In this work, high energy synchrotron X-ray diffraction was used during tensile testing of an as-cast eutectic AlCoCrFeNi2.1 high entropy alloy. Aside, from determining for the first time the volume fractions of existing phases, we further detail their role on the alloy deformation behavior. The two major phases, a soft disordered FCC and a hard ordered B2 BCC, were observed to exhibit a stress partitioning effect which can be used to modulate the mechanical response of the material based on the relative volume fraction of each phase. Dislocation density analysis revealed that the soft FCC phase had a significantly higher dislocation density right after the onset of plastic deformation. This is attributed to the existence of strain gradients across the lamellar structure, where the hard B2 BCC prevents free deformation of the FCC phase. Nonetheless, despite the increase of the dislocation density in the soft FCC phase, calculations of the strengthening effects induced by generation of dislocations are more significant in the hard B2 BCC phases, as this phase is primarily responsible for the strength increase in the alloy. Besides, the evolutions in dislocation density of the soft FCC and hard B2 BCC phases during tensile deformation obtained from synchrotron X-ray diffraction data are consistent with the evolution of KAM determined by EBSD characterization. Also, lattice strain analysis across two principal directions (parallel and perpendicular to the loading axis) reveals that for these specific orientations there is a preferential deformation of the hard FCC planes which can be related to the deformation response of specific lattice planes at distinct orientations, as well as to the phase partitioning stress behavior.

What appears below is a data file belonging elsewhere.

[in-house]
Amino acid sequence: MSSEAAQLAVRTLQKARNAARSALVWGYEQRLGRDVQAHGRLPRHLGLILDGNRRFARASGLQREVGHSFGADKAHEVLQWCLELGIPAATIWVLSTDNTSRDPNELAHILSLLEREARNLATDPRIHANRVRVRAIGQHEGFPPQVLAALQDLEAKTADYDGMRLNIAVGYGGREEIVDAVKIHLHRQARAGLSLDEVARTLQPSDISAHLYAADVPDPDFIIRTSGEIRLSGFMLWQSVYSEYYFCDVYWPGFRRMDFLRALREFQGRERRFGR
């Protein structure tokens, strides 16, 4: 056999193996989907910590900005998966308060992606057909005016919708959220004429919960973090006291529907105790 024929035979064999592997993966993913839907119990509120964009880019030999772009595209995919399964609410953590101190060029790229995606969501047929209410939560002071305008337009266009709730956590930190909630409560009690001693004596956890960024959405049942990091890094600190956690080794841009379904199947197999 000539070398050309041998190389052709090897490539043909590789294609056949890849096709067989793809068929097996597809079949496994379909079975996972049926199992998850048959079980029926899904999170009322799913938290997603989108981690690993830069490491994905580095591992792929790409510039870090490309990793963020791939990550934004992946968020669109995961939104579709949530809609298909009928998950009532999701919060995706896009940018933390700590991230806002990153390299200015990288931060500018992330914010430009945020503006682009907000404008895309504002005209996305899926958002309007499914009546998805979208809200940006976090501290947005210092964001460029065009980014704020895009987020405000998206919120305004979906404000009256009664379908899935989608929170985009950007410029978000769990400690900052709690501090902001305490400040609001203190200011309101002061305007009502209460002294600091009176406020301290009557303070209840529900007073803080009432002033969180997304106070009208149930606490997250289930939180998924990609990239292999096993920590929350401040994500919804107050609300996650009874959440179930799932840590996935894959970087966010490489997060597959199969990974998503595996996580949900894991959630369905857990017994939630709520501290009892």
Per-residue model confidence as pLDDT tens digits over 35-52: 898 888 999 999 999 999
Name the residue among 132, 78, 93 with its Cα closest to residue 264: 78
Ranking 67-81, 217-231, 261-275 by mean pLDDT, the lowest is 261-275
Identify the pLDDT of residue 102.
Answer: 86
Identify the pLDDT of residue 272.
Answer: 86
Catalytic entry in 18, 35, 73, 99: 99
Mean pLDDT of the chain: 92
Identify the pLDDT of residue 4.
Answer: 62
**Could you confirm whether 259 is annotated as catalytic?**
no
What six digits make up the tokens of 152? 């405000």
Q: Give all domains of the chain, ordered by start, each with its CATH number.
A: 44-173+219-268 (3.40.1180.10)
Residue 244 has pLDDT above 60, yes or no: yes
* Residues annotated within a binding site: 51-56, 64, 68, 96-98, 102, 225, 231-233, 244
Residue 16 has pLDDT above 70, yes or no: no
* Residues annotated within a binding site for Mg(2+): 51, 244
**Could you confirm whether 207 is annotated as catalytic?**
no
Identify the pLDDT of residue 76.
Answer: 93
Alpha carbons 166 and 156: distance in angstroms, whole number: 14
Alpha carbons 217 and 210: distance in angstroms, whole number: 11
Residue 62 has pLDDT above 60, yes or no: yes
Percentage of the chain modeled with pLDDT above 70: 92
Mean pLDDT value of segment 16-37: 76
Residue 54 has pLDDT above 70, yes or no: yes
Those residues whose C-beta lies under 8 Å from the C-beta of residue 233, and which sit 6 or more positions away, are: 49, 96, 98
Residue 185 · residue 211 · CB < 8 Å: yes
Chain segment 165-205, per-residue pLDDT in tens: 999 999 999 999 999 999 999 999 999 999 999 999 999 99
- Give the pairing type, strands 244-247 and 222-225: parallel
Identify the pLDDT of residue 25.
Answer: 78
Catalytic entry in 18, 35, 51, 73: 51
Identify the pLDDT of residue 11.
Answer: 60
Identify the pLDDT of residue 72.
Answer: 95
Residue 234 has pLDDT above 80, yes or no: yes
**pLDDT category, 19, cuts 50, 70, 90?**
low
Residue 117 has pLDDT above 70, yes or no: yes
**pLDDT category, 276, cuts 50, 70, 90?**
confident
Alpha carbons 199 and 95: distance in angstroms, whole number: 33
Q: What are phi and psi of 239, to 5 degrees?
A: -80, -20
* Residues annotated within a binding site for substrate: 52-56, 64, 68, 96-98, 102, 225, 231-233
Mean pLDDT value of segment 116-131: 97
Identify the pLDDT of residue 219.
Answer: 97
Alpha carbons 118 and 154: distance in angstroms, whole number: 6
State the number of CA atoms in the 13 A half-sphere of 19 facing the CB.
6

- High entropy alloys
- In-situ testing
- Strengthening mechanisms
- Synchrotron X-ray diffraction